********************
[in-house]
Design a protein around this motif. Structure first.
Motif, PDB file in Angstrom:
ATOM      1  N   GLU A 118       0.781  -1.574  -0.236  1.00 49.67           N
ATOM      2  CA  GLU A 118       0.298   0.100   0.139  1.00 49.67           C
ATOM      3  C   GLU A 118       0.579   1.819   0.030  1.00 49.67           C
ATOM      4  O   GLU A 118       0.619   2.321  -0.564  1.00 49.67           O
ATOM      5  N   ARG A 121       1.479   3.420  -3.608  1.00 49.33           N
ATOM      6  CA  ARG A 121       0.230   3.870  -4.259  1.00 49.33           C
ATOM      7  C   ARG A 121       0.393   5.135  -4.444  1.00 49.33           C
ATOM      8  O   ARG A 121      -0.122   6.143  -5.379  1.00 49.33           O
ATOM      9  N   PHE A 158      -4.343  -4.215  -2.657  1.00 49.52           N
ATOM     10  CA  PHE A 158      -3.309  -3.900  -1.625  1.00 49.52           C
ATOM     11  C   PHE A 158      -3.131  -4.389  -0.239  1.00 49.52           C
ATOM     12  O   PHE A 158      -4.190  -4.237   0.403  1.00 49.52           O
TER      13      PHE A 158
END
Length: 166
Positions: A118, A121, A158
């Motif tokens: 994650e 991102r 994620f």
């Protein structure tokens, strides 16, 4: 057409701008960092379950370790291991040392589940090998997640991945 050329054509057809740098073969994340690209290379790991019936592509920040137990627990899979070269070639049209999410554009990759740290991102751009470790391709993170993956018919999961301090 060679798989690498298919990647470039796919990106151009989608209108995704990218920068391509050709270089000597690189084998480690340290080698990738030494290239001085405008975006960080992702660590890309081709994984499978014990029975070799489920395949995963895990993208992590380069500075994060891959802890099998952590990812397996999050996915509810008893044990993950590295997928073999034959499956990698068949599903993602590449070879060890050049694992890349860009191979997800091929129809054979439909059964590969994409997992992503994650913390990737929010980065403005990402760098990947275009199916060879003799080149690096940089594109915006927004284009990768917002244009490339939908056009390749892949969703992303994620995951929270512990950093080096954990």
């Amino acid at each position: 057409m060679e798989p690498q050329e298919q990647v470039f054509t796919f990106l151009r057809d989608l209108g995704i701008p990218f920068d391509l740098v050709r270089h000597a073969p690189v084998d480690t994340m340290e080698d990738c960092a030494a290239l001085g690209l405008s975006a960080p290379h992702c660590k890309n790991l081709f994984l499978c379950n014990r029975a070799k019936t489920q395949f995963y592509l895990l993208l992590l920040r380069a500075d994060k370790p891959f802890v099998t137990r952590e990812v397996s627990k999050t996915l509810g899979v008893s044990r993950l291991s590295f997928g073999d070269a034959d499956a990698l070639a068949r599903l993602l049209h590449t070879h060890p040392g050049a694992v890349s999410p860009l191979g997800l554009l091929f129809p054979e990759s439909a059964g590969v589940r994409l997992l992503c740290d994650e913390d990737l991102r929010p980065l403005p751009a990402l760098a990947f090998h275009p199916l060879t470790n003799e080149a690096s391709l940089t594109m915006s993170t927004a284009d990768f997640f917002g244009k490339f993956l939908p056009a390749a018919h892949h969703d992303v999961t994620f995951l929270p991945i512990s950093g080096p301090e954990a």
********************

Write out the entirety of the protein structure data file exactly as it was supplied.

[in-house]
Design a protein around this motif. Structure first.
Motif, PDB file in Angstrom:
ATOM      1  N   GLU A 118       0.781  -1.574  -0.236  1.00 49.67           N
ATOM      2  CA  GLU A 118       0.298   0.100   0.139  1.00 49.67           C
ATOM      3  C   GLU A 118       0.579   1.819   0.030  1.00 49.67           C
ATOM      4  O   GLU A 118       0.619   2.321  -0.564  1.00 49.67           O
ATOM      5  N   ARG A 121       1.479   3.420  -3.608  1.00 49.33           N
ATOM      6  CA  ARG A 121       0.230   3.870  -4.259  1.00 49.33           C
ATOM      7  C   ARG A 121       0.393   5.135  -4.444  1.00 49.33           C
ATOM      8  O   ARG A 121      -0.122   6.143  -5.379  1.00 49.33           O
ATOM      9  N   PHE A 158      -4.343  -4.215  -2.657  1.00 49.52           N
ATOM     10  CA  PHE A 158      -3.309  -3.900  -1.625  1.00 49.52           C
ATOM     11  C   PHE A 158      -3.131  -4.389  -0.239  1.00 49.52           C
ATOM     12  O   PHE A 158      -4.190  -4.237   0.403  1.00 49.52           O
TER      13      PHE A 158
END
Length: 166
Positions: A118, A121, A158
């Motif tokens: 994650e 991102r 994620f």
């Protein structure tokens, strides 16, 4: 057409701008960092379950370790291991040392589940090998997640991945 050329054509057809740098073969994340690209290379790991019936592509920040137990627990899979070269070639049209999410554009990759740290991102751009470790391709993170993956018919999961301090 060679798989690498298919990647470039796919990106151009989608209108995704990218920068391509050709270089000597690189084998480690340290080698990738030494290239001085405008975006960080992702660590890309081709994984499978014990029975070799489920395949995963895990993208992590380069500075994060891959802890099998952590990812397996999050996915509810008893044990993950590295997928073999034959499956990698068949599903993602590449070879060890050049694992890349860009191979997800091929129809054979439909059964590969994409997992992503994650913390990737929010980065403005990402760098990947275009199916060879003799080149690096940089594109915006927004284009990768917002244009490339939908056009390749892949969703992303994620995951929270512990950093080096954990």
């Amino acid at each position: 057409m060679e798989p690498q050329e298919q990647v470039f054509t796919f990106l151009r057809d989608l209108g995704i701008p990218f920068d391509l740098v050709r270089h000597a073969p690189v084998d480690t994340m340290e080698d990738c960092a030494a290239l001085g690209l405008s975006a960080p290379h992702c660590k890309n790991l081709f994984l499978c379950n014990r029975a070799k019936t489920q395949f995963y592509l895990l993208l992590l920040r380069a500075d994060k370790p891959f802890v099998t137990r952590e990812v397996s627990k999050t996915l509810g899979v008893s044990r993950l291991s590295f997928g073999d070269a034959d499956a990698l070639a068949r599903l993602l049209h590449t070879h060890p040392g050049a694992v890349s999410p860009l191979g997800l554009l091929f129809p054979e990759s439909a059964g590969v589940r994409l997992l992503c740290d994650e913390d990737l991102r929010p980065l403005p751009a990402l760098a990947f090998h275009p199916l060879t470790n003799e080149a690096s391709l940089t594109m915006s993170t927004a284009d990768f997640f917002g244009k490339f993956l939908p056009a390749a018919h892949h969703d992303v999961t994620f995951l929270p991945i512990s950093g080096p301090e954990a």